My next, next job

As of fall 2023 (I’m writing this on October 27th), my ideal next next job is founding engineer at Val Town. Here’s a screenshot, in case they take it down:

Founding Engineer at Val Townfounding engineer at Val Town

Obviously that exact job will get filled, and the Val Town team will likely be a lot larger by the time I find myself two jobs down the road (side note: I’m super excited about VT and am rooting for them to realize the dream of vals as a Web primitive). So founding eng at VT is just a proxy for me. The job itself is exactly what I want, though: love the product/vision, lots of coding, building with Web platform primitives, working on a devtool, talking to developers, working in public, etc.

I want this line in the job description to describe me within the next year or two:

You...have had some sort of success shipping something on your own — a blog, open source project, etc.

As of recently, I am in the habit of writing stuff here on petemillspaugh.com, thanks in large part to discovering digital gardening. And even though I’m in the very early stages of my learn-in-public writing habit, it already feels very fun and rewarding. In the past week I wrestled with getting Pagefind search working in my garden, and the project maintainer bglw offered to add my write-up to the community resources docs page. That felt good!

Back to Val Town. Under the “Your skills and experiences” section:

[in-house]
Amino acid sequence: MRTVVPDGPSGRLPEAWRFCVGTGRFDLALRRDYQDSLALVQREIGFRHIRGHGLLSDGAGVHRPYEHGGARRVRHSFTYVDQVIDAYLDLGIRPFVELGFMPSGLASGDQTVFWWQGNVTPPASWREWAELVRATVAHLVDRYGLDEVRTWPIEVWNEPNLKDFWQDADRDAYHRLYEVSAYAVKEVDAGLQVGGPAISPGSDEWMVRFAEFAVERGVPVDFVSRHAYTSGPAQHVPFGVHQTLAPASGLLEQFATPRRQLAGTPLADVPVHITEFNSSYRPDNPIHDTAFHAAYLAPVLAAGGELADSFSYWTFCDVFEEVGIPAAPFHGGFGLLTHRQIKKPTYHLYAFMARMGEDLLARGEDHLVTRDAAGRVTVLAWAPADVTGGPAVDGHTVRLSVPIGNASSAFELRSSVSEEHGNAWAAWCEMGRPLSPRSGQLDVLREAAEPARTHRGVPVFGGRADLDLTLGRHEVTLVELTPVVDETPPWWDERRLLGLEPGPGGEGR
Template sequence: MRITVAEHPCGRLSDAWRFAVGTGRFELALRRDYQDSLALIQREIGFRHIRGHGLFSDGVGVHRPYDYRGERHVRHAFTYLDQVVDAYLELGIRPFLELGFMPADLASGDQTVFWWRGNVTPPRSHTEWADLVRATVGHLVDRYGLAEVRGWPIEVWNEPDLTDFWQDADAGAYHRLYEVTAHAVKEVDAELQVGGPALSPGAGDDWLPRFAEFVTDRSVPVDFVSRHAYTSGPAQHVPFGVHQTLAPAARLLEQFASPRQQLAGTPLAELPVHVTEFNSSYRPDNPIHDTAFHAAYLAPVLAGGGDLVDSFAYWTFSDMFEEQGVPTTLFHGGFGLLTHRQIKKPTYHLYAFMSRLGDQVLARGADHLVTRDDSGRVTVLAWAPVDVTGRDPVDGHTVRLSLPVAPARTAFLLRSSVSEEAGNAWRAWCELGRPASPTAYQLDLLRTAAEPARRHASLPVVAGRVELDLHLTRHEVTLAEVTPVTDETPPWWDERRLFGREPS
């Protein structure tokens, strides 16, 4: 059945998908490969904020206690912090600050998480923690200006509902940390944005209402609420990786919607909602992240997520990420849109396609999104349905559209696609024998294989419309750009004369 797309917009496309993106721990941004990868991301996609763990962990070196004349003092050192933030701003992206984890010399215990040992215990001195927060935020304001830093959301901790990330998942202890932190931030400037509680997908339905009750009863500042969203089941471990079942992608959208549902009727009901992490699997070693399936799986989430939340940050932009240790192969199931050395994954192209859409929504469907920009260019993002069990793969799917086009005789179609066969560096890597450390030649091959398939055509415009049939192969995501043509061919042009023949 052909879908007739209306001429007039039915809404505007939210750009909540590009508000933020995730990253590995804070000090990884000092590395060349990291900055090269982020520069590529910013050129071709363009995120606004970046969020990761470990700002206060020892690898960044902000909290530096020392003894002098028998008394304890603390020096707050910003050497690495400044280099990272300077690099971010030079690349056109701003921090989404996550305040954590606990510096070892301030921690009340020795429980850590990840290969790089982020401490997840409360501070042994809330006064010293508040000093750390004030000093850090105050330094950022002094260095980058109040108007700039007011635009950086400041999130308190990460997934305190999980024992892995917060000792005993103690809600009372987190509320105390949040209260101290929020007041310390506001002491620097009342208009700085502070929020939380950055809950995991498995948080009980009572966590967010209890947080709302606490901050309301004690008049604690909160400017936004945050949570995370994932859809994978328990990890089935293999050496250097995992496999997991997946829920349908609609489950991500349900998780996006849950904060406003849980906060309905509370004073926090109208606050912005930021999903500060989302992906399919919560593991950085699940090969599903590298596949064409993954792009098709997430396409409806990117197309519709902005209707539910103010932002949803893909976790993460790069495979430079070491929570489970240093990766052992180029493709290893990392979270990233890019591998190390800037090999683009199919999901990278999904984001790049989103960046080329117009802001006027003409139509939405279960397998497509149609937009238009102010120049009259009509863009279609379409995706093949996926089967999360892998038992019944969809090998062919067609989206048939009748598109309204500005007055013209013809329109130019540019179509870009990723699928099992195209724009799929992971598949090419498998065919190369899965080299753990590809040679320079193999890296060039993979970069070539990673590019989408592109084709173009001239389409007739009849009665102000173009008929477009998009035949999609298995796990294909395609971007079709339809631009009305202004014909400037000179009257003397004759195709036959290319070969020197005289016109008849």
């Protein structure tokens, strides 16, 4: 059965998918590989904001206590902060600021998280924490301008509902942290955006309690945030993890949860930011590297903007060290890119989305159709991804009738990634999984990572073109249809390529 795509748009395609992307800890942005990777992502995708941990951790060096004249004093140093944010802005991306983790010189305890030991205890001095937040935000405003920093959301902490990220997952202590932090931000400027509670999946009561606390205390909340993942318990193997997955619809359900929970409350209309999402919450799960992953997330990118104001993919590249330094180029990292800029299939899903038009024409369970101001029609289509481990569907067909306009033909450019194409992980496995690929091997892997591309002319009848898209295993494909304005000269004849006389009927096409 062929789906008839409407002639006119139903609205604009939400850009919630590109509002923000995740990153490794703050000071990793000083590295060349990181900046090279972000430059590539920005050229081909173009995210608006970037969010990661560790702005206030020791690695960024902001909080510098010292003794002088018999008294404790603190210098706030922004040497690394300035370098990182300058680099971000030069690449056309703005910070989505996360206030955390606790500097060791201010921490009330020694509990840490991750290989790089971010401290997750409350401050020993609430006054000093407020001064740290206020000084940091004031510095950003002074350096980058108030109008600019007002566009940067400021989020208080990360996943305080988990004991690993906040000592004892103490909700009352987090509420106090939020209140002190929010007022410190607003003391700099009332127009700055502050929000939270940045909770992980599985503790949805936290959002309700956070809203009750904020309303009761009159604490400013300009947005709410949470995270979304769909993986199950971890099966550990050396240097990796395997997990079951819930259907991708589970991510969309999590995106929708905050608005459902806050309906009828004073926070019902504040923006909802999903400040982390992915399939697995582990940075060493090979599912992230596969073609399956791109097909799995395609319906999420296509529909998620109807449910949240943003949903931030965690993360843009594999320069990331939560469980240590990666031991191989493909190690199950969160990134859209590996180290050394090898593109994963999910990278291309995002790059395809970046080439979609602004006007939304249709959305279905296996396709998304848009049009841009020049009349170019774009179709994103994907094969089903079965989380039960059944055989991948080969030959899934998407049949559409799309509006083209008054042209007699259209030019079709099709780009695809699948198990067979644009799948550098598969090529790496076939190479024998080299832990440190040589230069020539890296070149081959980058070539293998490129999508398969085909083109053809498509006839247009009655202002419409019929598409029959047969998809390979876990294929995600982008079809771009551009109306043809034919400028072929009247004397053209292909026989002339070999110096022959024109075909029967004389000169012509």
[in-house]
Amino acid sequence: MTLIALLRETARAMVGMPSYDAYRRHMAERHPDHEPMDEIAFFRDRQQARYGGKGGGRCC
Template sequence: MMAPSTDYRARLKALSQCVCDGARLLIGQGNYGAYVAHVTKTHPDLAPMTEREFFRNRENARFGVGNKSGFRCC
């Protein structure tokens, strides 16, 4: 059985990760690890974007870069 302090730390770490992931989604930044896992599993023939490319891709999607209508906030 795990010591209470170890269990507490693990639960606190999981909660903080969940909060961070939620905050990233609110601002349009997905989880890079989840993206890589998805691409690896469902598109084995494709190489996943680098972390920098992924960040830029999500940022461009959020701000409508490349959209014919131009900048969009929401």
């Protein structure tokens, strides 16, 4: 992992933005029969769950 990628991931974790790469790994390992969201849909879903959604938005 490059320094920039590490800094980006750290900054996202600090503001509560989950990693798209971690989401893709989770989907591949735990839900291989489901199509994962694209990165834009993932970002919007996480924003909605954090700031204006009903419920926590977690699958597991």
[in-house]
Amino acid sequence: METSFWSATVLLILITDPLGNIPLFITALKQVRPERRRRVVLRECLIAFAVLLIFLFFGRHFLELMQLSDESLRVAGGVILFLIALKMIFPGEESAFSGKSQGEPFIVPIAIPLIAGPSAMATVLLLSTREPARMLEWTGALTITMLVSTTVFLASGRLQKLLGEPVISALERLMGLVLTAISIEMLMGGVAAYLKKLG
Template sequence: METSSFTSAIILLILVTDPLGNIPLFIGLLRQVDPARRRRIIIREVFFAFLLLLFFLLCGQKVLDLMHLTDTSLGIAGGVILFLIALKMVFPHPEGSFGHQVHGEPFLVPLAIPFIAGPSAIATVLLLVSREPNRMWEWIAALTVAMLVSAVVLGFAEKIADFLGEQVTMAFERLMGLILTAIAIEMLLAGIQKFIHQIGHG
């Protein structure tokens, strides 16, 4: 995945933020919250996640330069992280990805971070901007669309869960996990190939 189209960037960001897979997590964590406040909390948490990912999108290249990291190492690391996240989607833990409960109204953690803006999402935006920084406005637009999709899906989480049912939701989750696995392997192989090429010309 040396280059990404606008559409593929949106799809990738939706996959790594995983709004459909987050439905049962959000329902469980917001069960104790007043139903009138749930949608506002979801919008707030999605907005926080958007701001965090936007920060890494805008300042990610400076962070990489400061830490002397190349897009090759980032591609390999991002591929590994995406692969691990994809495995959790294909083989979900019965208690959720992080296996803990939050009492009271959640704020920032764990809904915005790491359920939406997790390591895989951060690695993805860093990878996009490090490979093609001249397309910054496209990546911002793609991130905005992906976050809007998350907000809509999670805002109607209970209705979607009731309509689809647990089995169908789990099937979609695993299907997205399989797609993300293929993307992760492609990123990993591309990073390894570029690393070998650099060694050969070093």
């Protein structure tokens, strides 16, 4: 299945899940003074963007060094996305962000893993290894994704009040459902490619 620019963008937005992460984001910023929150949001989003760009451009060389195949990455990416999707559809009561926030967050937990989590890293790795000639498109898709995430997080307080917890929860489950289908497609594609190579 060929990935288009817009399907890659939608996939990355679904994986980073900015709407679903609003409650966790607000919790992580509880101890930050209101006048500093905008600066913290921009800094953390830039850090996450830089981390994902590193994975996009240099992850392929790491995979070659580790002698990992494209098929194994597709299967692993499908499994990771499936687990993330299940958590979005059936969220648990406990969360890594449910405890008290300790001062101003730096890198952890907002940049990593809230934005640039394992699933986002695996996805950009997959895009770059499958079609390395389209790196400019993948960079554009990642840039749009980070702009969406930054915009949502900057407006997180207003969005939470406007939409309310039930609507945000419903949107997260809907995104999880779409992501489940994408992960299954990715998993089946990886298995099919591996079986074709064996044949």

• JavaScript, TypeScript, and bonus points for Rust
  • Building devtools...
  • Technical writing...
  • Bonus points for experience with bundlers, compilers, transpilers, or sandboxing

All of those are either already in my wheelhouse (JS/TS, writing) or are things I’d like to add to my wheelhouse (Rust, bundlers, etc... What even is a wheelhouse, anyway? brb...ok, it’s the part of a boat or ship where the steering wheel is located.)

The job is also in-person in Brooklyn, which rules me out (ironically because I do live in Bkn presently but the whole point is that I’m moving soon). So (a) I’m not qualified yet, and (b) I need a remote job. But this exercise is very instructive in setting a concrete goal for role I want to be qualified and prepared for in what, 3-5 years? Or maybe I could literally come work for Val Town in a few years!

My next, next, next job

So if founding engineer at Val Town is a proxy for my next, next job, what comes after that?

This one is a bit fuzzier, obviously, but it’s fun to brainstorm. As of now, I am penciling in Independent Coding Course Creator as my next, next, next job.

The example that comes to mind is Josh Comeau, whose courses have been both useful and inspiring to me. It seems like Josh draws a lot of joy from teaching people, building his bespoke course platform, and maintaining a community.

I like teaching people—I think being able to explain things well is among the most important human skills—although I don’t have much experience teaching web dev, yet. I love building front-of-the-frontend stuff, so a course platform is a compelling opportunity. Creating courses would involve a lot of writing—major plus. It might also pair nicely with conference speaking, which I think would be a very effective learning tool much in the same way writing and teaching are (i.e. you better know the thing well if you’re going to talk to a crowd of people about it). I’d also get to work on what I want / think is cool (but driven by the incentive to build something useful, ofc). So what will make me qualified for that?